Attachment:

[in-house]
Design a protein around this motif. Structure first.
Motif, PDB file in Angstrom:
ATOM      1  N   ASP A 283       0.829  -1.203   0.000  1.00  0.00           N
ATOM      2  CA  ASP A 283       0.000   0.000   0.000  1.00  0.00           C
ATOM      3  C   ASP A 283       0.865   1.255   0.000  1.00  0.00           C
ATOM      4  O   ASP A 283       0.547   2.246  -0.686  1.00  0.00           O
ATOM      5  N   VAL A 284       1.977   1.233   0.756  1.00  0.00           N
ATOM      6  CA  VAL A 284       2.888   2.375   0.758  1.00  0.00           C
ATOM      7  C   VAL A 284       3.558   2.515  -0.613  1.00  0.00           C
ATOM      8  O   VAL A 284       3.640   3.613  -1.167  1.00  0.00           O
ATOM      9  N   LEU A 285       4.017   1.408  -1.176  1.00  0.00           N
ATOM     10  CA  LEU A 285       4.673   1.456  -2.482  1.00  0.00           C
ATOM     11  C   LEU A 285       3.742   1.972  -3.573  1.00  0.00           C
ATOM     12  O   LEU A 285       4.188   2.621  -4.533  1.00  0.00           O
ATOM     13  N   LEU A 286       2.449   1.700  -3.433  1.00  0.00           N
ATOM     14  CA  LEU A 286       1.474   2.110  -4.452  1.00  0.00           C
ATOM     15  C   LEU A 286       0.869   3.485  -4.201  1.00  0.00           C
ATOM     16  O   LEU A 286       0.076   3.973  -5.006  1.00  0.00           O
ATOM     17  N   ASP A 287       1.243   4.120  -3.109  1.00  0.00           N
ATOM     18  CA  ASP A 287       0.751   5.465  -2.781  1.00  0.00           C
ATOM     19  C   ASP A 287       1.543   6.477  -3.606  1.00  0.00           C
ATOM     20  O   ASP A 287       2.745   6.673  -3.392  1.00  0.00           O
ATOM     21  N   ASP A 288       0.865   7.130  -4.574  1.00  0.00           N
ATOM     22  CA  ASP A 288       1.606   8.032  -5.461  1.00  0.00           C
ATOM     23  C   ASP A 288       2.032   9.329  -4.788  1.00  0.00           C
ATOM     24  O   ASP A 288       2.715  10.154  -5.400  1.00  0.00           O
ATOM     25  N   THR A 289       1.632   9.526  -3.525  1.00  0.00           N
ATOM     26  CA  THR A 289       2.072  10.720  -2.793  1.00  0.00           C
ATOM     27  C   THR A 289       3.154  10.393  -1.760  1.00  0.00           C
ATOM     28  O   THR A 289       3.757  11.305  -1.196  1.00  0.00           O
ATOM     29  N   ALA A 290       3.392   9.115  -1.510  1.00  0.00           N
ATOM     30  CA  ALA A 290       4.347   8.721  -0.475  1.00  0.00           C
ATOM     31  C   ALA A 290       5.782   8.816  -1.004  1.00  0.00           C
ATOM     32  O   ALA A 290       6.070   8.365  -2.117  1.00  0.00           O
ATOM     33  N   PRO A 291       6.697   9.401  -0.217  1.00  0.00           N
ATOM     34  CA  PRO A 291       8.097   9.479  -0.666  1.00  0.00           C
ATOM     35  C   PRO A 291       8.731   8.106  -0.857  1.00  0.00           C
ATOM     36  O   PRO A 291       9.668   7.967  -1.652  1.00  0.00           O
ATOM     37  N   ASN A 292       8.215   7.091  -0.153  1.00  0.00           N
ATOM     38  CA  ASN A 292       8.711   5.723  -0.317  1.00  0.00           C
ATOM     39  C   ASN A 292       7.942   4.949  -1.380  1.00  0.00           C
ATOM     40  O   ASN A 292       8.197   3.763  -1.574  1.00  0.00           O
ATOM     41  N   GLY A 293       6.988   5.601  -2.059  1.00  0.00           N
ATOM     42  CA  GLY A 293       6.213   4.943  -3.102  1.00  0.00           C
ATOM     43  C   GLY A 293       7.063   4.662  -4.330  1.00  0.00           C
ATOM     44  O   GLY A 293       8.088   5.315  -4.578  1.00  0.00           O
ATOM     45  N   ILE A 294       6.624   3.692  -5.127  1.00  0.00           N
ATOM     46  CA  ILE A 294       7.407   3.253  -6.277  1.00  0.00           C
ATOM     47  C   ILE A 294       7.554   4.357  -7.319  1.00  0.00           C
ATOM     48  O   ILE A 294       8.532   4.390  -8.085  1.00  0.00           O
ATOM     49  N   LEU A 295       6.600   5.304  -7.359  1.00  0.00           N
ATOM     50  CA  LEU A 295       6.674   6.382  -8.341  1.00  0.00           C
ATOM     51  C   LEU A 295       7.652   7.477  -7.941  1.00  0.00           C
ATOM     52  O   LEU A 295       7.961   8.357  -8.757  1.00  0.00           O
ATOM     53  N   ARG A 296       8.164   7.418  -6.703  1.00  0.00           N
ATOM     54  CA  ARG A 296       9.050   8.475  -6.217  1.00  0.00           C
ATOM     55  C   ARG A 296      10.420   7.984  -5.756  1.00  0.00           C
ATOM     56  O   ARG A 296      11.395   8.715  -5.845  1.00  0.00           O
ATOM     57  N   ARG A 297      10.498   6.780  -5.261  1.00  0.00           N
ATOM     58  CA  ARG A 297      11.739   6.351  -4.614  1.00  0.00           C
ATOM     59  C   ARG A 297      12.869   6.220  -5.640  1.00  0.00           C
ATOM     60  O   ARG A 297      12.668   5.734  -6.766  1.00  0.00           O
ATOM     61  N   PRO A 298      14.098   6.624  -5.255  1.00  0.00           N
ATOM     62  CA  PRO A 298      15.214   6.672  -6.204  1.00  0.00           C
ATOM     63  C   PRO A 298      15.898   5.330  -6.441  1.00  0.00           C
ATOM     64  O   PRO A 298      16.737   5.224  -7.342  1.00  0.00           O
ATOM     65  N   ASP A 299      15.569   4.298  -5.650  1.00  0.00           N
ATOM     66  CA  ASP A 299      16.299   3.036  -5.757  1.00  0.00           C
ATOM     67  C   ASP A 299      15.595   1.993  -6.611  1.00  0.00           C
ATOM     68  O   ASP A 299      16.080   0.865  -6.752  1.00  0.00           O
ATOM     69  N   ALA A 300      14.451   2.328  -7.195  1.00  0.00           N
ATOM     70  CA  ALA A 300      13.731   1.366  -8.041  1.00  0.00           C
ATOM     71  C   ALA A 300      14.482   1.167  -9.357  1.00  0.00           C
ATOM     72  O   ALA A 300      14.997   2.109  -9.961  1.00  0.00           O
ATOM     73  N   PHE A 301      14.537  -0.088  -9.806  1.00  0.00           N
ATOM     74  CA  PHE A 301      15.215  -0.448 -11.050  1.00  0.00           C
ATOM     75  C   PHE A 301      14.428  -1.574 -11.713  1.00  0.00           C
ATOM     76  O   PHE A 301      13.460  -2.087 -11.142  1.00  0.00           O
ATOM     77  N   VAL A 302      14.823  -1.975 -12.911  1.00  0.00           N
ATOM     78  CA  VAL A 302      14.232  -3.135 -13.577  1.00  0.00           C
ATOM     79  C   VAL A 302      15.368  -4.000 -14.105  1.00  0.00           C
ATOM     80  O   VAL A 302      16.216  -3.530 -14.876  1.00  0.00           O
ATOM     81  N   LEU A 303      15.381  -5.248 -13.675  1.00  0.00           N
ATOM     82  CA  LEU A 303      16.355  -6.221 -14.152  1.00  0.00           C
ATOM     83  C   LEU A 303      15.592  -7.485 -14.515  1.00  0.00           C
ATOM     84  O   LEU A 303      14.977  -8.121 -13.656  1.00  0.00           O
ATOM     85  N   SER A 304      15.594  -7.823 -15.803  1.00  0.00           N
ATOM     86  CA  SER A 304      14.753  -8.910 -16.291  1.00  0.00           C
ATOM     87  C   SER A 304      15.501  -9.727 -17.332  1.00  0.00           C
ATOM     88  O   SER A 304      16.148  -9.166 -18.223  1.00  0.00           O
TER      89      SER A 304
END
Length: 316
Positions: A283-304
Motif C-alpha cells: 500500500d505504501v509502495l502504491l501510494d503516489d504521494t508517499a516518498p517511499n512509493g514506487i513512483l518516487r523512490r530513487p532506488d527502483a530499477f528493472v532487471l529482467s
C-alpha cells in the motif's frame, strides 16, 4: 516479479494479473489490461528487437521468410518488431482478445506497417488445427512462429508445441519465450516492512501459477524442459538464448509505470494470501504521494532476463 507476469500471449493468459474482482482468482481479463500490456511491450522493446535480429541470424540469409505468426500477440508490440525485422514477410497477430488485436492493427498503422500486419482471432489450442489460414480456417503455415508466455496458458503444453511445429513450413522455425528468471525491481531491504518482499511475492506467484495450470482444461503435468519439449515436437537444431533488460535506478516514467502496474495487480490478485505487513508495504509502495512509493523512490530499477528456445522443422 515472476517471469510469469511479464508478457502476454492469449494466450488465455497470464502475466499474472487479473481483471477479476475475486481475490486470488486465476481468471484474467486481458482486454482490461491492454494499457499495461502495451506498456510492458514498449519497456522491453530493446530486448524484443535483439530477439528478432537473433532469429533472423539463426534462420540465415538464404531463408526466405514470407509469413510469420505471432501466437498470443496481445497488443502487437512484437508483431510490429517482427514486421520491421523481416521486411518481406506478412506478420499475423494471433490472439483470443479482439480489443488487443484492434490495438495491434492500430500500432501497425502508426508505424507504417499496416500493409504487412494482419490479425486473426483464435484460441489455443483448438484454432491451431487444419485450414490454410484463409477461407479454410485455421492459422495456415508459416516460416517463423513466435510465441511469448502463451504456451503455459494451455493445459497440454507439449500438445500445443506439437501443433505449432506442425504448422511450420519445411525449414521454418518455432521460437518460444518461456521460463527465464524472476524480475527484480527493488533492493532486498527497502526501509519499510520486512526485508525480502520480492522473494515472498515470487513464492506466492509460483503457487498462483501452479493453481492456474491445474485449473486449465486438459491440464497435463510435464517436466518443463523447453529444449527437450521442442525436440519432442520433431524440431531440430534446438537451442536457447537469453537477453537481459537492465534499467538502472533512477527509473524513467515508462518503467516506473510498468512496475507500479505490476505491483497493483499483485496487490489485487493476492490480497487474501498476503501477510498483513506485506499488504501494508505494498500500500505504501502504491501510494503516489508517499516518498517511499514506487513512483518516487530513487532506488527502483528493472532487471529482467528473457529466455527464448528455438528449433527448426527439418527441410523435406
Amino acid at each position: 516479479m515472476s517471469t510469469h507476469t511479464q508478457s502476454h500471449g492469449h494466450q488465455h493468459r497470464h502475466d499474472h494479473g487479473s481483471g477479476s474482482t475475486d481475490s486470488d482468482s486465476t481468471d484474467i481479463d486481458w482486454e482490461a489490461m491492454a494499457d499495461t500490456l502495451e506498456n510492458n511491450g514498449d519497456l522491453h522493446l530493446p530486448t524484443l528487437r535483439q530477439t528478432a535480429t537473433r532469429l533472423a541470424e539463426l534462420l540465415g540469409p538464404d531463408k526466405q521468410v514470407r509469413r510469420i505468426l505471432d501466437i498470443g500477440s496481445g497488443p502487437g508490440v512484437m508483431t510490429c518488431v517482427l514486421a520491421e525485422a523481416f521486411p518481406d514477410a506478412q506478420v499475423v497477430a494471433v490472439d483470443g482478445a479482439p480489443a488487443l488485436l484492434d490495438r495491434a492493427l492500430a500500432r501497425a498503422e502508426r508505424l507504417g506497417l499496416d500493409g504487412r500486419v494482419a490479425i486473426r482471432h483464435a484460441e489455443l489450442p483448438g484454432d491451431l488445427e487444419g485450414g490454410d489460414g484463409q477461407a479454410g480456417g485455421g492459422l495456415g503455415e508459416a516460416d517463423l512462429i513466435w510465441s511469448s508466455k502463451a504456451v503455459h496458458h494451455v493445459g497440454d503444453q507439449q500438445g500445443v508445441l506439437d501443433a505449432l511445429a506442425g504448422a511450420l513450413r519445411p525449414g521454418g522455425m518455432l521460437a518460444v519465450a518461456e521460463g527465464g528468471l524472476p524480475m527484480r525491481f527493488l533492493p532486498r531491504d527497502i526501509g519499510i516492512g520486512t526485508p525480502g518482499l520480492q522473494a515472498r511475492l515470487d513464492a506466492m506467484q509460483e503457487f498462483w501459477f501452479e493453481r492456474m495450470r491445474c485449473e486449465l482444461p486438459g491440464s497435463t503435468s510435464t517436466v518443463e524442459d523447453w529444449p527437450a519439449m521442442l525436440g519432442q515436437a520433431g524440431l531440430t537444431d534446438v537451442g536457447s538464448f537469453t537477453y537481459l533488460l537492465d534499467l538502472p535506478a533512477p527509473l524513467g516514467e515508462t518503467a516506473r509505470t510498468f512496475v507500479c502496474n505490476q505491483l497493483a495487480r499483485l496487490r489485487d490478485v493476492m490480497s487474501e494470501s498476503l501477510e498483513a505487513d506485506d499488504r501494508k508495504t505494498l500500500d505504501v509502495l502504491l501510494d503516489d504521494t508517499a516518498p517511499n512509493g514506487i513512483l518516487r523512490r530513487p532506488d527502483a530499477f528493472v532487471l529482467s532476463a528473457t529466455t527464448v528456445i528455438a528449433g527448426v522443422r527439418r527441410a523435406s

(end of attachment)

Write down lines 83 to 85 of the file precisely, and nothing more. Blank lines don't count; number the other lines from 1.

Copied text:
ATOM     80  O   VAL A 302      16.216  -3.530 -14.876  1.00  0.00           O
ATOM     81  N   LEU A 303      15.381  -5.248 -13.675  1.00  0.00           N
ATOM     82  CA  LEU A 303      16.355  -6.221 -14.152  1.00  0.00           C